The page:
Spring Oil Flood Causes Summer Queues In Chinese Ports

Chinese ports are struggling to unload record volumes of crude with storage tanks full after the country rushed to buy extra barrels during April’s oil price crash, according to traders and shipping data seen by Reuters.

More than 80 million barrels of crude oil are currently waiting to be discharged from tankers in Chinese ports, Refinitiv Eikon data showed.

Half of those are at the Qingdao port area in Shandong province, where the waiting time is two-three weeks or sometimes even longer, according to four traders.

“Our vessel arrived during the first days of June, but we’re still waiting to offload”, a trader with one oil major said.

The congestion at Chinese ports looks set to persist throughout July as there are still many tankers waiting to offload and more coming, traders said.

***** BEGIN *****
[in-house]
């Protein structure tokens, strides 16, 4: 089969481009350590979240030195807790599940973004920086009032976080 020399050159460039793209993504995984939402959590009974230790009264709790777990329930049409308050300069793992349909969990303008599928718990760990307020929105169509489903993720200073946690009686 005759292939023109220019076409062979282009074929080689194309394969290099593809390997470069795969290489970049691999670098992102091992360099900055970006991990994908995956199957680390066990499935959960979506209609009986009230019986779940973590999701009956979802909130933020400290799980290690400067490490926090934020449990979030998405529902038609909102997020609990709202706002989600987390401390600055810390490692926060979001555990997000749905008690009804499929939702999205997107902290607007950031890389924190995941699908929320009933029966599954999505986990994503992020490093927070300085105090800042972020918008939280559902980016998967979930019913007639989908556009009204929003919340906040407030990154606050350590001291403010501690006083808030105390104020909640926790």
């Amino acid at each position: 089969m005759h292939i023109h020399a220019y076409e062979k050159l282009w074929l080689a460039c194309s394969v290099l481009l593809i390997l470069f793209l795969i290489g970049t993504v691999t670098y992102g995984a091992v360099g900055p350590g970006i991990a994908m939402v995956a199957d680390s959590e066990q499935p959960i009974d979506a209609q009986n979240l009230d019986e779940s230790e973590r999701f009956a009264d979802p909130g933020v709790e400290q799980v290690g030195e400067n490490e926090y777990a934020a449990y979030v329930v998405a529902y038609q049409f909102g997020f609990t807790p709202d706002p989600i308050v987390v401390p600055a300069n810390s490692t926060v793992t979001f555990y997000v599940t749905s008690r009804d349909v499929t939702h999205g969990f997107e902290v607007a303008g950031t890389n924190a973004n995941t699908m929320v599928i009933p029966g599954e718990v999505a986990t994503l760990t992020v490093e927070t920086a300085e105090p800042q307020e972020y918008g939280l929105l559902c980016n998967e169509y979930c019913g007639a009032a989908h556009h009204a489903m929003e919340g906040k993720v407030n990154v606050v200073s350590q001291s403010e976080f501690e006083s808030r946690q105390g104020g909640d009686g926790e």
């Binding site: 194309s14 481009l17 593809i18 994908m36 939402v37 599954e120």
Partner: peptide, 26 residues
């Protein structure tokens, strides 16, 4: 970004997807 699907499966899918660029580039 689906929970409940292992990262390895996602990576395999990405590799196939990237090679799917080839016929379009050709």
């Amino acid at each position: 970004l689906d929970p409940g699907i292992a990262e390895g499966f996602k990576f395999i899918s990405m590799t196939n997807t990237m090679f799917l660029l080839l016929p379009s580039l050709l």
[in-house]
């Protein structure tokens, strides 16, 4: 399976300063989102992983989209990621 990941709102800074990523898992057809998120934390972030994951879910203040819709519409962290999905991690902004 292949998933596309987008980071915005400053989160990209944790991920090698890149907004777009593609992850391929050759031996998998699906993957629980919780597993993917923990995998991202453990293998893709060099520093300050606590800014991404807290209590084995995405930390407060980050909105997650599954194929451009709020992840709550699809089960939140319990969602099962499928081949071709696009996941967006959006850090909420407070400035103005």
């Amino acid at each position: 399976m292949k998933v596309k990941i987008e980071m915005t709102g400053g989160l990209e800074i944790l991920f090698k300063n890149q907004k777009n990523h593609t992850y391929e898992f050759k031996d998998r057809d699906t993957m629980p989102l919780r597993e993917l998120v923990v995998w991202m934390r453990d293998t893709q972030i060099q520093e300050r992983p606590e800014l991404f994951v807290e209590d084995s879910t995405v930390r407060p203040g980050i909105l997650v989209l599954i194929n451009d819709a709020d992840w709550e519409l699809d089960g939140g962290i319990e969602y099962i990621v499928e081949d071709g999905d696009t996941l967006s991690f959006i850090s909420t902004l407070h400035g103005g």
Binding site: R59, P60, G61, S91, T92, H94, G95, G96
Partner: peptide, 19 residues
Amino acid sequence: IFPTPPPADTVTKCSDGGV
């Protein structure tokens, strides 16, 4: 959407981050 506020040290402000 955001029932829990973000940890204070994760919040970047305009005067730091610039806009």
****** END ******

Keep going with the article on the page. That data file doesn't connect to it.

China scooped up bargain barrels loading in April and May with the oil market virtually paralyzed by coronavirus lockdowns.

Of the barrels still waiting to be offloaded, nearly 20 million were loaded in April and about 50 million in May, according to Refinitiv Eikon data. They span a variety of grades from Russian Urals to exotic Congo Djeno Blend.

During the last 10 days of June, major Chinese ports saw crude oil handling volume up 33.9% year on year and port inventory up 28.9%, according to China Port and Harbor Association data. For the whole month, crude oil handling volume rose 22.51%, the data shows.

“Notably, many ports are seeing near-full crude storage and tankers are queuing for offload,” – the Association said in its report.

Massive commercial storage construction in Shandong may help to offset congestion in the ports, traders said, adding that millions of tonnes of new storage space were to be opened for use in the second half of 2020.

(Additional reporting by Noah Browning; Editing by Kirsten Donovan)

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